Can't identify shrub with green flower/leaf balls

kmeter(ZONE FIVE)

I found a shrub growing along the edge of the woods (near the road) last week when I was up in far northern (near Ely) Minnesota. It has these odd little balls of wavy leaves (or maybe they were flowers?) growing at the end of strong stems, like you might see roses or peonies growing. It had other, normal leaves, all over the shrub and it was probably about 3 feet high (though I'm not certain on that because it growing on a bit of an embankment. I just can not figure out what it might be, and I sure wish I had taken better photos. Any ideas? Thanks! Katy

SaveComment10Like
Comments (10)
Thank you for reporting this comment. Undo
duluthinbloomz4

Could be a hazelnut - there are two wild species in Minnesota. Small nuts are borne in clusters that squirrels tend to "harvest".

Save    
Thank you for reporting this comment. Undo
kmeter(ZONE FIVE)

Thanks for the idea. Definitely that's the closest thing I've seen though the involucres are pointy on hazlenut and the leaves (if that's what they are) are smooth on the edges of this. I am not there any more but may ask my grandma to send me more photos including some of the leaves.

Save    
Thank you for reporting this comment. Undo
kmeter(ZONE FIVE)

Here's one more photo in case it helps at all.

Save    
Thank you for reporting this comment. Undo
lycopus(z5 NY)

I suspect this is some type of leafy gall rather than a flower.

Save    
Thank you for reporting this comment. Undo
wisconsitom(Zone 4/5)

For a sec there, I thought you'd found an ironwood tree fruit, or perhaps the other ironwood-er...musclewood, er Carpinus carolinianus. Anyway, I find myself drawn to the background in that last pic. Unless of course, the exposure is off and that's really a hairy guy's leg!

+oM

Save    
Thank you for reporting this comment. Undo
kmeter(ZONE FIVE)

The dark brown background is just the fake-wood dashboard in my minivan. I'm almost positive this isn't a gall, and I've torn one apart to see if there is a bug inside --and there isn't. Would welcome other ideas.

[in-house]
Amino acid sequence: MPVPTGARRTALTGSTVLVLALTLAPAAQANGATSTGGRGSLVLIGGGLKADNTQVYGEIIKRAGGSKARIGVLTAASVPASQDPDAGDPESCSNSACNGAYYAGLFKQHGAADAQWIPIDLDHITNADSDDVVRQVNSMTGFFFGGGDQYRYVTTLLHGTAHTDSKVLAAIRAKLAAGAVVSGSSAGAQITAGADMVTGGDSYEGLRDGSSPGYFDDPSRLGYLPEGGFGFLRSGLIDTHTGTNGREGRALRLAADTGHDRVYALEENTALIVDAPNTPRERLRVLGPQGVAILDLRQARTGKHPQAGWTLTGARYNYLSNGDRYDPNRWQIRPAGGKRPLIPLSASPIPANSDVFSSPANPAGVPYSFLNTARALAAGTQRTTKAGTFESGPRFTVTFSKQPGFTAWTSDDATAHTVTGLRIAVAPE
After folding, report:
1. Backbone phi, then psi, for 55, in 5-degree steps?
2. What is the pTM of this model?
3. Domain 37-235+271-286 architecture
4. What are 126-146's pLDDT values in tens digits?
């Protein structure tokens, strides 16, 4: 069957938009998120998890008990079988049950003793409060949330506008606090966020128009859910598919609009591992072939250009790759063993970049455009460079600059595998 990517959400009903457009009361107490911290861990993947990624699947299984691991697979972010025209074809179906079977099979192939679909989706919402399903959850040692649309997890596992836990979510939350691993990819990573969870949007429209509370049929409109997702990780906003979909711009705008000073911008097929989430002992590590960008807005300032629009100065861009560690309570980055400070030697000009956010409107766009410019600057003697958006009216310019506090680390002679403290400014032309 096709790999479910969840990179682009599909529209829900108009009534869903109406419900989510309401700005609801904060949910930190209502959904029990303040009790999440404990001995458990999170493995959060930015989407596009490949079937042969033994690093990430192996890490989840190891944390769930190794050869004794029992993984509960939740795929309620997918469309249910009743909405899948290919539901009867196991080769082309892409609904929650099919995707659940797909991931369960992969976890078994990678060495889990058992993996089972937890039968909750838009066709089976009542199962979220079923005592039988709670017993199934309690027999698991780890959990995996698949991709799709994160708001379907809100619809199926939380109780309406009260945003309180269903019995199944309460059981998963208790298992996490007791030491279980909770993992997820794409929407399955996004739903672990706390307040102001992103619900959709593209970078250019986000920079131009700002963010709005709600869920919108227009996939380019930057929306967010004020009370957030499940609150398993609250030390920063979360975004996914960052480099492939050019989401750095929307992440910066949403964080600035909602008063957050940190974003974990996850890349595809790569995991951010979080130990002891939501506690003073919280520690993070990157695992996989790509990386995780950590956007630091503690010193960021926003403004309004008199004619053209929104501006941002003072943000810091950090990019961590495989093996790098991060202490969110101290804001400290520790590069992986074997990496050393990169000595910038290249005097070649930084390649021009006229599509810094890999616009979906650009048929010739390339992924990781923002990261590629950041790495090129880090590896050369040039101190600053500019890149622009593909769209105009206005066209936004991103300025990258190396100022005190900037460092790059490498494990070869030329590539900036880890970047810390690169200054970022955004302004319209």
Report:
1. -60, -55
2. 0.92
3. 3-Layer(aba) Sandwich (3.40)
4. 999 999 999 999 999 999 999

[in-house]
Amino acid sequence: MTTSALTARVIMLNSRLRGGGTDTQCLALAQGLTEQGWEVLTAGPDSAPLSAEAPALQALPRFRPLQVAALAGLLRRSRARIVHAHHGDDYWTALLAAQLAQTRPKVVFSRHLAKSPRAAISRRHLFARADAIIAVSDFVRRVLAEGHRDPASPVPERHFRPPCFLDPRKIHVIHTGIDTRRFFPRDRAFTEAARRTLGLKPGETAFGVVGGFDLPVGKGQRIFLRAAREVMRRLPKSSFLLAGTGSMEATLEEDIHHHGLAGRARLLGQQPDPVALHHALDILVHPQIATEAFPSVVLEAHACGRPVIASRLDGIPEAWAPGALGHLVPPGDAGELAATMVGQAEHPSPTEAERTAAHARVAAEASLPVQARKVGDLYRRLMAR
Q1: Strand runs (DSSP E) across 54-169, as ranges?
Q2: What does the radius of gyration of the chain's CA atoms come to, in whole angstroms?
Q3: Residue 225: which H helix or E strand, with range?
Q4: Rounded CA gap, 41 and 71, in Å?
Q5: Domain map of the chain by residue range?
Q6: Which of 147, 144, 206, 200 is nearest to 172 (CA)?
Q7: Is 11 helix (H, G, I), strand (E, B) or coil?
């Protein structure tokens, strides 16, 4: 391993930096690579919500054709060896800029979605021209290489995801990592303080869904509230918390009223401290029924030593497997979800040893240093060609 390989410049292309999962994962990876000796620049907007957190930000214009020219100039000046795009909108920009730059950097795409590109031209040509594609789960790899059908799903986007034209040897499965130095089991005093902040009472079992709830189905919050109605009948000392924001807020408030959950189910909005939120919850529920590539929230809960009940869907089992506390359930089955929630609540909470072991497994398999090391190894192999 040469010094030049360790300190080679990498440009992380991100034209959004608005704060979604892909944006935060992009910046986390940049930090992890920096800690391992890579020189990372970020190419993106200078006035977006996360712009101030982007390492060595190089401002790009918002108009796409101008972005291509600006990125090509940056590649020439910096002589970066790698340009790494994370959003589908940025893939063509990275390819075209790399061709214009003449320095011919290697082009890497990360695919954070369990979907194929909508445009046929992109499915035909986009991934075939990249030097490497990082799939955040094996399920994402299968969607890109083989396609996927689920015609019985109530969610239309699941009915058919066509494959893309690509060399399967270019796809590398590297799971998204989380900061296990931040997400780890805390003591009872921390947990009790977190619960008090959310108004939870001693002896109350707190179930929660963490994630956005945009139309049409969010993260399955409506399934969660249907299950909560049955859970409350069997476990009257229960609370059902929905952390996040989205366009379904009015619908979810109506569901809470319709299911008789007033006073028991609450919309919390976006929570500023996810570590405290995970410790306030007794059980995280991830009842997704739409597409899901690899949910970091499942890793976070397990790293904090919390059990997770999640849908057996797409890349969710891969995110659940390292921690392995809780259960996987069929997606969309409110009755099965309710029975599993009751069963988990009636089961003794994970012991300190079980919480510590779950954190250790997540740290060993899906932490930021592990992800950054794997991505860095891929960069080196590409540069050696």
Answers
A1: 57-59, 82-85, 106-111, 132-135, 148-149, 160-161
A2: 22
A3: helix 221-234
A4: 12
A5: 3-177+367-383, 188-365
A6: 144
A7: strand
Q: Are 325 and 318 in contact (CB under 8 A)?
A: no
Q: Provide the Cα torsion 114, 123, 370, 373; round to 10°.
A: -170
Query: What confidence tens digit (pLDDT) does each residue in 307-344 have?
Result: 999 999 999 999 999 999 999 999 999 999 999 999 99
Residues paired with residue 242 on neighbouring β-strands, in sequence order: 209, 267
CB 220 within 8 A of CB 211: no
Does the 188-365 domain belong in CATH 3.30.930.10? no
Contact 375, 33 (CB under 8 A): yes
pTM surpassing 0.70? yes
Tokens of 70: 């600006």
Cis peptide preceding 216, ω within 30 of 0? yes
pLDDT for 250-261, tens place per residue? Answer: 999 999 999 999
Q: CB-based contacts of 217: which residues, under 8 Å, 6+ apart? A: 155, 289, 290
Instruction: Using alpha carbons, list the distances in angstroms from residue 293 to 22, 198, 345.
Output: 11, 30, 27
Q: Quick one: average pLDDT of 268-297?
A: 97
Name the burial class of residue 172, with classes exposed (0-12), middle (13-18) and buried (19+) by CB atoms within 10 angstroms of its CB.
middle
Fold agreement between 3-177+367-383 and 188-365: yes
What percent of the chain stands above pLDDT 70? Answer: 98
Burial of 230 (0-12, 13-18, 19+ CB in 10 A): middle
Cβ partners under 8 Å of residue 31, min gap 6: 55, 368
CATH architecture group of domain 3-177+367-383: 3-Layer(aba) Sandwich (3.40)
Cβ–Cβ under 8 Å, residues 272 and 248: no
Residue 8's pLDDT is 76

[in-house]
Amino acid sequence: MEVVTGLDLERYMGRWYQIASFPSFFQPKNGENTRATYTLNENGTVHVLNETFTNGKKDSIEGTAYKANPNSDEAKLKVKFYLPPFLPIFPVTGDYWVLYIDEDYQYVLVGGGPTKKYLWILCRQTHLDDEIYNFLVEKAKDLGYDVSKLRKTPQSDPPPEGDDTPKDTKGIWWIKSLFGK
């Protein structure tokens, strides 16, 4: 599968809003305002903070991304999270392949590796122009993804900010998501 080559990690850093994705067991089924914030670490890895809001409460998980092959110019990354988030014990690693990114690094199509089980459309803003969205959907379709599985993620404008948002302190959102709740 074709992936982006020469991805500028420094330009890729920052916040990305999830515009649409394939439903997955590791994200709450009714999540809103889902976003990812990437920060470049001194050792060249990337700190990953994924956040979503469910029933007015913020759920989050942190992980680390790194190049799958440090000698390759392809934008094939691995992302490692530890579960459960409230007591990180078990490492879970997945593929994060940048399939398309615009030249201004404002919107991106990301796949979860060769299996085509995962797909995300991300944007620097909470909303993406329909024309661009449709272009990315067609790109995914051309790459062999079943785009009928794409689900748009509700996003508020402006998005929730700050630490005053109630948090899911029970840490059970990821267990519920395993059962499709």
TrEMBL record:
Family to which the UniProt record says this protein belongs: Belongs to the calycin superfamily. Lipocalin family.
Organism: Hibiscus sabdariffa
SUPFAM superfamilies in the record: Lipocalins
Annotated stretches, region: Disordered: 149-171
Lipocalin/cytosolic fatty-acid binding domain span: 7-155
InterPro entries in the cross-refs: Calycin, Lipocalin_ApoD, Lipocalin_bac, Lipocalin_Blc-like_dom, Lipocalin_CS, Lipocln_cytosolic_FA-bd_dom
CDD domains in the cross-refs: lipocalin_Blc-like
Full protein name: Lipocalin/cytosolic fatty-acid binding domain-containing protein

Save    
Thank you for reporting this comment. Undo
wisconsitom(Zone 4/5)

That is def. not what I was talking about! Oh well, human anatomy aside, I really have no idea. I didn't seriously mean I thought that was an inflorescense from Ostrya virginiana, just that it slightly resembled one, one at that which had been partially damaged.

+oM

Save    
Thank you for reporting this comment. Undo
kmeter(ZONE FIVE)

Here is another more close up photo.

Save    
Thank you for reporting this comment. Undo
Embothrium(Sunset Climate Zone 5, USDA Hardiness Zone 8)

The way someone here is going to recognize the shrub is if you show a shoot with at least several complete leaves visible. Also a habit photo of the bush itself would not be amiss, as would any good shots of mature winter buds or other distinctive parts that may be present, including fresh or even spent fruits.

Save    
Thank you for reporting this comment. Undo
kmeter(ZONE FIVE)

and one final photo. Maybe I'll ask my grandma to go back out there and take more photos of the whole shrub. But she uses a film camera which means it'll be a month or so before she gets it developed and mails it to me.

Save    
Browse Gardening and Landscaping Stories on Houzz See all Stories
Purple Foliage 5 Purple-Leaf Majesties of Shrubs
Looking for beautiful depth and dynamism in your landscape? Just add purple
Full Story
Gardening Guides How to Prune Your Flowering Shrubs for the Best Blooms
Less is often more when it comes to properly pruning flowering shrubs. Here’s what to do and why
Full Story
Fall Gardening 9 Deer-Resistant Flowering Shrubs to Plant This Fall
These exquisite shrubs will attract your attention but won’t tempt the deer that roam your neighborhood at night
Full Story